Saturday, September 23, 2017

Tso Moriri Lake - from my Ladakh Motorcycle diary

Tso Moriri Lake - from my Ladakh Motorcycle diary
Could you squeeze out some time to go through my blog on the mighty transboundary Himalayan lake- Pangong Tso? Undoubtedly Pangong Lake tops the popularity chart among tourists visiting Ladakh. Pangong sits at a height of about 4,250 meters, which is sufficient enough to give you dizzy spells unless you are decently acclimatized. In case you are okay with the thin Ladakhi air and willing to explore another very high altitude lake then head onto Tso Moriri. Whether you're starting from Leh or Pangong Tso, you have to drive around 250 grueling kilometers to reach the turquoise-emerald Moriri Lake nestled in serene Changthang Plateau region, at a challenging altitude of 4,500 meters from mean sea level! Tso Moriri is much smaller than Pangong Tso. Still, it is the largest of all high altitude lakes in India which we do not share geographically with any other country. It was late in the morning when we left Pangong for Tso Moriri. Then we knew absolutely zilch about what was waiting ahead for 17 of us.

Tso Moriri Lake - from my Ladakh Motorcycle diary
After every brief shower mountain ranges over Changthang appeared in a newer color!
We took the picturesque route through the remote Changthang region which passes by prominent villages such as Merak, Chusul, Mahe etc. It was the most scenic motorcycle journey I ever had, combo-packed with maximum off-roading, scariest water crossings and innumerable moments of uncertainty. For the initial quarter of our ride Pangong Tso kept accompanying us, enticing all shutterbugs with her luscious shades of green with contrasting backdrop of camel colored barren mountain ranges. After pushing for a couple of hours, the continuous struggle to keep the bull (Isn't that what most Royal Enfield owners proudly refer to their motorbikes as?) stable on loose gravel consumed a good percentage of my mediocre stamina. Consequently frequency of my photography breaks started diminishing. When your body vibrates for long hours and blood glucose level sinks low it gets really difficult to steady your camera. After losing the sight of Pangong Tso I spotted a herd of yaks. Unfortunately, I couldn't capture them in a presentable frame.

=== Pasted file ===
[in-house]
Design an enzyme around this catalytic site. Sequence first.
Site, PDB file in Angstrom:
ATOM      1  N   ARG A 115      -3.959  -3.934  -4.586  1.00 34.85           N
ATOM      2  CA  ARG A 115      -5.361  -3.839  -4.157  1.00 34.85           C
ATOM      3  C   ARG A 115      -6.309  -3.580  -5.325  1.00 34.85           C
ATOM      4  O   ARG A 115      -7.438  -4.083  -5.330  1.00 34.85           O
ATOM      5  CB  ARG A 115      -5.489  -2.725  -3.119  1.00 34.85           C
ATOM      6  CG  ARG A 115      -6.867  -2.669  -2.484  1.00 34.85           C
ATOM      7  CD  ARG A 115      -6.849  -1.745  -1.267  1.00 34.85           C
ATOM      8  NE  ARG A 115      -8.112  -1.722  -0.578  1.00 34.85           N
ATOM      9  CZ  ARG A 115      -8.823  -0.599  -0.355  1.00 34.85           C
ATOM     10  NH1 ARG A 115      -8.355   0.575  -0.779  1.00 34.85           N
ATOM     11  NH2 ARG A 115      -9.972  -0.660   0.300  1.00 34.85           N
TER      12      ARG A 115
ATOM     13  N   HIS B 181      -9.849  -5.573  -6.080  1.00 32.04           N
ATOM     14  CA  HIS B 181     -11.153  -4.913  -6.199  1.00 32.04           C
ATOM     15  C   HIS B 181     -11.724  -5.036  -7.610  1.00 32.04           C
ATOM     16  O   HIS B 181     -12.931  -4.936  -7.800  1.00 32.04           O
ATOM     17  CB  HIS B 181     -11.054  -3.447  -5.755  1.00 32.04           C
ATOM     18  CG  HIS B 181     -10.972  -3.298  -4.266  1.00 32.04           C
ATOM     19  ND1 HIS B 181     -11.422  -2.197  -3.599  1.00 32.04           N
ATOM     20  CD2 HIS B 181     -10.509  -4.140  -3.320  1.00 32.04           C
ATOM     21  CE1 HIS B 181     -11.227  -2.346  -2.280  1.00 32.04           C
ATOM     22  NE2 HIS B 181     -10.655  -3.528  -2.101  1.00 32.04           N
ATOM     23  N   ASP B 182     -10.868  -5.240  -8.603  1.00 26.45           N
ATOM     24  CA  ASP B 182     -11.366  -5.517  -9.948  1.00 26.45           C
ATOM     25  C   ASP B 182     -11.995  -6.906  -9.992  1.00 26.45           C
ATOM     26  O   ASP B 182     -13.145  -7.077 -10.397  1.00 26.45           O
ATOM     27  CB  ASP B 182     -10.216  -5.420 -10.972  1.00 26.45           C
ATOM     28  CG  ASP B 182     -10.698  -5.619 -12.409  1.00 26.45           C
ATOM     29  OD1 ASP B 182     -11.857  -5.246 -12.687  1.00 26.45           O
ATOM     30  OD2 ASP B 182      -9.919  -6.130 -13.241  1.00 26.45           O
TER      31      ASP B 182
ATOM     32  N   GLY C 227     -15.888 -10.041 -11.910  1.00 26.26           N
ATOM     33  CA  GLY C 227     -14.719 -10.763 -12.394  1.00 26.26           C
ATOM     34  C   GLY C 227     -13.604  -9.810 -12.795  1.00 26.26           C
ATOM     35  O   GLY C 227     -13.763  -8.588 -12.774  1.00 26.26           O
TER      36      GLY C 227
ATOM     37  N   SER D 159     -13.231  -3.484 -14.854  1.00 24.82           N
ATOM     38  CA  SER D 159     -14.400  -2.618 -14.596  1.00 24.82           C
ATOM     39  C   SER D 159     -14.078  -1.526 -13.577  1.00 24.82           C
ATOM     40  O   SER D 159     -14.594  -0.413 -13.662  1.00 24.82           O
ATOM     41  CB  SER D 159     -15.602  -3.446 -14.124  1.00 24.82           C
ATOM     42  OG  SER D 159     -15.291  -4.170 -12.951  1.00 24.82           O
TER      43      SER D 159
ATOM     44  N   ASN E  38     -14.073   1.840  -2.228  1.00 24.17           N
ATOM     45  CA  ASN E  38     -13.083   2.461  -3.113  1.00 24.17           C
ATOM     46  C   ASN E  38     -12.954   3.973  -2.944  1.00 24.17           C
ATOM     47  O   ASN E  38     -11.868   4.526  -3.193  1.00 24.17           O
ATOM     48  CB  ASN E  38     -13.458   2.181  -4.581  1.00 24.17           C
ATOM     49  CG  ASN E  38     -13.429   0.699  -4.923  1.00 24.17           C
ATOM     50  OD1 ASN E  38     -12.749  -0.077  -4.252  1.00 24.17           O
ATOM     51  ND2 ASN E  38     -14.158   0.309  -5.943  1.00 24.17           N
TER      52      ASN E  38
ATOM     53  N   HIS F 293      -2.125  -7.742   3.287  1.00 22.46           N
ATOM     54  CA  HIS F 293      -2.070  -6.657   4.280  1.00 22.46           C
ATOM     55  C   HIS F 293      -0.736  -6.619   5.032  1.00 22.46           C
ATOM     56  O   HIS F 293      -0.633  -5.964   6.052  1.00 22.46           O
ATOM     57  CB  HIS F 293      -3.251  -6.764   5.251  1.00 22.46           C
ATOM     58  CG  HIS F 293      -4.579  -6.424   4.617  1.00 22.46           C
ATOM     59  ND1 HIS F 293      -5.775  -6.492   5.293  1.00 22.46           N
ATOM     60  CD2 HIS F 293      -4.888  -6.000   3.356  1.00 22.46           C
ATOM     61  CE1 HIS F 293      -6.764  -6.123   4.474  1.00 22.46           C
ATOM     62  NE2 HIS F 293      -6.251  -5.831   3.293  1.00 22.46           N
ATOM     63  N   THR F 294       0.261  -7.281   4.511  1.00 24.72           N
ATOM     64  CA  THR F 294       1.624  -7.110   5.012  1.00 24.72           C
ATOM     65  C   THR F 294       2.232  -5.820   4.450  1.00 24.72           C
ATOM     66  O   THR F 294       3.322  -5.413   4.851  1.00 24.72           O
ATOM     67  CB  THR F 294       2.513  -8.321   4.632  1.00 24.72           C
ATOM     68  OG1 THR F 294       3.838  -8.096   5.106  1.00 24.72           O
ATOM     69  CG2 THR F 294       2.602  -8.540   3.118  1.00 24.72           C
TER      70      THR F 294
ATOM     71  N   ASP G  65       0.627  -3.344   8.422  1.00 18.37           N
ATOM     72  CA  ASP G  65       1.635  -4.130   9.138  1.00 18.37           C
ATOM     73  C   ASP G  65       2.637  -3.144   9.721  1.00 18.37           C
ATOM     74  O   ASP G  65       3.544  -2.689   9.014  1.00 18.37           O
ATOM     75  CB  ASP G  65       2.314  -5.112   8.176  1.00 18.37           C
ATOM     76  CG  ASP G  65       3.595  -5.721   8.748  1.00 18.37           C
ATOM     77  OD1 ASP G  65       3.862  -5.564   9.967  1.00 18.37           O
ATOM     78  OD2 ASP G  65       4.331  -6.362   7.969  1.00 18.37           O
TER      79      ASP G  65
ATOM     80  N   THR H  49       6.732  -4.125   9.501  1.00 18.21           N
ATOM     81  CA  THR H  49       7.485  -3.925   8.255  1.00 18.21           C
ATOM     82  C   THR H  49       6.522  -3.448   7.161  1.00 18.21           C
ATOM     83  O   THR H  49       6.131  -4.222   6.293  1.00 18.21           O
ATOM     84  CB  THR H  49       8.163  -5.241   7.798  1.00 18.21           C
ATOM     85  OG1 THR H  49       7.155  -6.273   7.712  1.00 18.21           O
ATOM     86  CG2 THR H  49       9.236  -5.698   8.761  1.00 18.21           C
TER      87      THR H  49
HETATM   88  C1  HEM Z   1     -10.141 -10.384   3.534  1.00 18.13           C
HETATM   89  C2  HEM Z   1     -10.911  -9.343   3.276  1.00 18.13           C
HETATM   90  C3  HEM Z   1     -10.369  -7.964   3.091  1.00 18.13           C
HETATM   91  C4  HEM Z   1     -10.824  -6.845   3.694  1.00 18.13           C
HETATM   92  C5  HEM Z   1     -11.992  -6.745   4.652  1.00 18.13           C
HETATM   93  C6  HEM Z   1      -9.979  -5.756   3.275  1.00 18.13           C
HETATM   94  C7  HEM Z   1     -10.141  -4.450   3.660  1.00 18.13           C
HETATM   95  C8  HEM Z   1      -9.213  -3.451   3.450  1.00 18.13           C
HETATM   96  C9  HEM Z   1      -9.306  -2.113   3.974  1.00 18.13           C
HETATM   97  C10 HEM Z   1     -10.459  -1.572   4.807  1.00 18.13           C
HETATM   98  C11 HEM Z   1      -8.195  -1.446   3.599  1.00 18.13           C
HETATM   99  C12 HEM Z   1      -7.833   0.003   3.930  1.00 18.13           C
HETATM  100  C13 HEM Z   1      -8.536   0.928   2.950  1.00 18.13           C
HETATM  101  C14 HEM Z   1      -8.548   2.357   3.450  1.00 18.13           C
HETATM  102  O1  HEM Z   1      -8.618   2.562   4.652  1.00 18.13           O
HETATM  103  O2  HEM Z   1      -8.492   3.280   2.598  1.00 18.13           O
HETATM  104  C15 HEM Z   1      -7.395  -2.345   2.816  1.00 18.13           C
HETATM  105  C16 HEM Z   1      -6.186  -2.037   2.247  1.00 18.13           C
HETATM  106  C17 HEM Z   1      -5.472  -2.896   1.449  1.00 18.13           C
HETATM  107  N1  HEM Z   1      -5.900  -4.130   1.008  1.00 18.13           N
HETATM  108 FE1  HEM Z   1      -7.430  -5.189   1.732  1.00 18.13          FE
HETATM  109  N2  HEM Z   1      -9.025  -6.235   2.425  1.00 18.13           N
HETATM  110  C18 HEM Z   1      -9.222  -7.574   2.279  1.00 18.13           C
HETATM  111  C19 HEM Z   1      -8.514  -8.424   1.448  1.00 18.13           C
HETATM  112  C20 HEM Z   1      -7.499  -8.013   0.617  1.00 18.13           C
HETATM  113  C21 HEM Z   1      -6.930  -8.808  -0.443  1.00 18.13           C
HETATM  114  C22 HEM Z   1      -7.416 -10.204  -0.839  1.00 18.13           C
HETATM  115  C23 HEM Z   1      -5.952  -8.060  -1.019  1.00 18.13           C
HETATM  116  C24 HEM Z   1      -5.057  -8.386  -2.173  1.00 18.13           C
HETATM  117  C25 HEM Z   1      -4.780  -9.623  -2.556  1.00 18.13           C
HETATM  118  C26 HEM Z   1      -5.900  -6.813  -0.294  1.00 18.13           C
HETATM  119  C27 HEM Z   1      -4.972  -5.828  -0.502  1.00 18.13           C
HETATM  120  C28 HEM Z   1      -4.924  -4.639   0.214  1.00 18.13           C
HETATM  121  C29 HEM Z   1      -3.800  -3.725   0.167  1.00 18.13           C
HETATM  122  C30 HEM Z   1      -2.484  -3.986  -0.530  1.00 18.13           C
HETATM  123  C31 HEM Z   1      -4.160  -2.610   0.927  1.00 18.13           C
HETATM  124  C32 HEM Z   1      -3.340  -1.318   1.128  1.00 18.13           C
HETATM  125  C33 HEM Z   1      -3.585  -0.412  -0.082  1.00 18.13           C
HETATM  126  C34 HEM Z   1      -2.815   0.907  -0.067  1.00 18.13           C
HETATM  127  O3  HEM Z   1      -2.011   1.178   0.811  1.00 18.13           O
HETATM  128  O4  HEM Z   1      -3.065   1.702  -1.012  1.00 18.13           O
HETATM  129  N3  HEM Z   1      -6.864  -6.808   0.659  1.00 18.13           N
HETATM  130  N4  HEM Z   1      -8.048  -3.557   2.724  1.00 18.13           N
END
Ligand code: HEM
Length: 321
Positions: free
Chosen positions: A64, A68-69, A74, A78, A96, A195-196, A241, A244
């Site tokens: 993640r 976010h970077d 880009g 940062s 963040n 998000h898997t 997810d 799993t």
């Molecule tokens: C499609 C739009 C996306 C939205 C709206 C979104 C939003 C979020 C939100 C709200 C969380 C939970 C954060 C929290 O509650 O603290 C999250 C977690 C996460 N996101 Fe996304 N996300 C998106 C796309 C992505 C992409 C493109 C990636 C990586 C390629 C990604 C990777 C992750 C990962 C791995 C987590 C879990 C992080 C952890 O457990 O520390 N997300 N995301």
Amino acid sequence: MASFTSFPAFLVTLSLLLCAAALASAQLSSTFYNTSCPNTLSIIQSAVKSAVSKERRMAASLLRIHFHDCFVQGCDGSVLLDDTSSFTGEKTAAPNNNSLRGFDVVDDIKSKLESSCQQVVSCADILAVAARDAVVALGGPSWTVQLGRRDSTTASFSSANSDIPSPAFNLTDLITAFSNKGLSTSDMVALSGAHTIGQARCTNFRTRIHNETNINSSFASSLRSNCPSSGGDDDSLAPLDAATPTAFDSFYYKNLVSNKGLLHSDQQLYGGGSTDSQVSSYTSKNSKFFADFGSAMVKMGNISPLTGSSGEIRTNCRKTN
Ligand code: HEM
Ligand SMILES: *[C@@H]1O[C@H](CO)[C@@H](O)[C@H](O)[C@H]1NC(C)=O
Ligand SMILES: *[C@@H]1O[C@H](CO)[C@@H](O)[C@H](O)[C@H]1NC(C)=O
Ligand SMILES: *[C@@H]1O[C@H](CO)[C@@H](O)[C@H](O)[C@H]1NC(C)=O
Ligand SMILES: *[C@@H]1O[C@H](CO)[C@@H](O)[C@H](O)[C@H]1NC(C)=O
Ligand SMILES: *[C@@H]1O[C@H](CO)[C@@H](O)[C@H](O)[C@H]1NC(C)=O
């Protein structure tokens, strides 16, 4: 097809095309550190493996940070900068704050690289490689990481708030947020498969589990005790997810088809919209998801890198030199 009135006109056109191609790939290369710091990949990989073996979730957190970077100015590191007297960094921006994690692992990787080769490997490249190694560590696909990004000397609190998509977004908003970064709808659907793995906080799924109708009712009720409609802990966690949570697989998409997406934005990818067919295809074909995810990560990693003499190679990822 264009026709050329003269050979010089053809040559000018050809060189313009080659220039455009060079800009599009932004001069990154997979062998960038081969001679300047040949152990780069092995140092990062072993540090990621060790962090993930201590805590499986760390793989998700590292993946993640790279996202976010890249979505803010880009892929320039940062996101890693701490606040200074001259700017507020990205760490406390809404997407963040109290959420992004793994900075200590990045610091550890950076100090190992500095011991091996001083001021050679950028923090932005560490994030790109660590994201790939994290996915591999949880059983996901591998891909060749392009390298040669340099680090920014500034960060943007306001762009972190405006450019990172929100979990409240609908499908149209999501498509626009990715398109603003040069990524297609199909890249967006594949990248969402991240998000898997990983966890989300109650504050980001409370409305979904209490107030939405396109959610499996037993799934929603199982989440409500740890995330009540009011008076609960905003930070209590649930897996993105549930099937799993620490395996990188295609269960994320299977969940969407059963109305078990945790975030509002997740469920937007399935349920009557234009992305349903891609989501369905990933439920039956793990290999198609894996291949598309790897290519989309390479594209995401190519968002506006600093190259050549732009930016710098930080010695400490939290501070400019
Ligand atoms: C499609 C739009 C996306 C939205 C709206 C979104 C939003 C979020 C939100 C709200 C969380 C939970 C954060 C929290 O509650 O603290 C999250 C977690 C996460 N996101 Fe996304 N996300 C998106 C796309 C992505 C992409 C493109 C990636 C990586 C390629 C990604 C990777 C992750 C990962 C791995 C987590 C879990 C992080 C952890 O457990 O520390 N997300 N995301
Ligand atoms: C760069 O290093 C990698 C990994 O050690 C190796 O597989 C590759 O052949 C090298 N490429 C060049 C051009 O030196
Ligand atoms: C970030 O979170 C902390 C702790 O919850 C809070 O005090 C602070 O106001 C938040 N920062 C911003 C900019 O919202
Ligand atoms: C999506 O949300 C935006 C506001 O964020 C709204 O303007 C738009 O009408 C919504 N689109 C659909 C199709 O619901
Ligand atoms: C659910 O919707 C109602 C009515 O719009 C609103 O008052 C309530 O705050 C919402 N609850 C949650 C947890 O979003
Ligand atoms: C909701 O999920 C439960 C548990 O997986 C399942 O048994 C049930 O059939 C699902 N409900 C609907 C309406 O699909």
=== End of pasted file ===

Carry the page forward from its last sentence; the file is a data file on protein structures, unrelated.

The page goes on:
Tso Moriri Lake - from my Ladakh Motorcycle diary
The little Ladakhi princess from Karzok village.
There were few episodes of drizzle on our way to Tso Moriri. As a thumb rule, weather always gets unpredictable over Tibetan Plateau post 13th hour of the day. If you are a rider you should take this advice more seriously. Unless you've been in such odds you can't imagine how panicky it gets to ride through high velocity winds or incessant rain. Just in case you're missing the doughnut- you are riding over 4,000 meters dude, where the oxygen level is already 40-45% lower than what you enjoy at plains. After every brief shower mountain ranges over Changthang appeared in a newer color, which varied from juniper green to mahogany red! I do not know the exact phenomenon behind that visual enigma. I do not intend to fathom it out too. Sometimes nature's unfolding shouldn't be spoiled by our intrusive science. As we kept passing by pristine Ladakhi villages local kids waved at us with unadulterated smiles.

Tso Moriri Lake - from my Ladakh Motorcycle diary
Unlike Pangong, there's no direct motorable path leading to the Tso Moriri Lake.
Despite being the photographers' dream route, the rough terrain kept us at our ever apprehensive limits. It was dark when we reached our destination Karzok. Our cottage was no more than fifty meters from the Indo-Tibetan Border Police camp at Karzok. Well, Karzok is the only settlement (Or, call it a village) by the shore of Tso Moriri. Although it has a small population, accommodation options for tourists in the form of tents, cottages and hotels are in abundance. Unlike Pangong, there's no direct motorable path leading to Moriri Lake. I'm glad for that matter. Otherwise overenthusiastic cum insensible tourists would happily pose washing their vehicles with the lake water just for few dumb social media 'Likes'. If you're a genuine nature lover you can always walk up to the bank and experience the calmness of this "Mountain Lake". Tso Moriri nestles among Ladakh to the north, Tibet to the east, and Zanskar on the west.

Tso Moriri Lake - from my Ladakh Motorcycle diary
Our cottage was no more than fifty meters from the Indo-Tibetan Border Police camp at Karzok.
There is a steep uphill path originating somewhere from the small market road at Karzok. If the altitude doesn't make you breathless you can hike up to a vantage point and get an aerial panorama of Moriri Lake along with its perfectly sketched surrounding. This area is protected as the Tso Moriri Wetland Conservation Reserve and few rules are expected to be obeyed by all visitors. You need to procure a permit before entering this wildlife protected area (same applies to Pangong Tso as well). Unless you've a domicile of Jammu & Kashmir you need to apply for the Inner Line Permit by paying a fee. Presently you can apply online to obtain your permit in few clicks and bypass the hassle of queuing up before the DC Office at Leh. I've already cautioned you with the altitude issue of Tso Moriri. I would suggest you to acclimatise properly at Leh and cover other regions before considering a nigh halt at Karzok.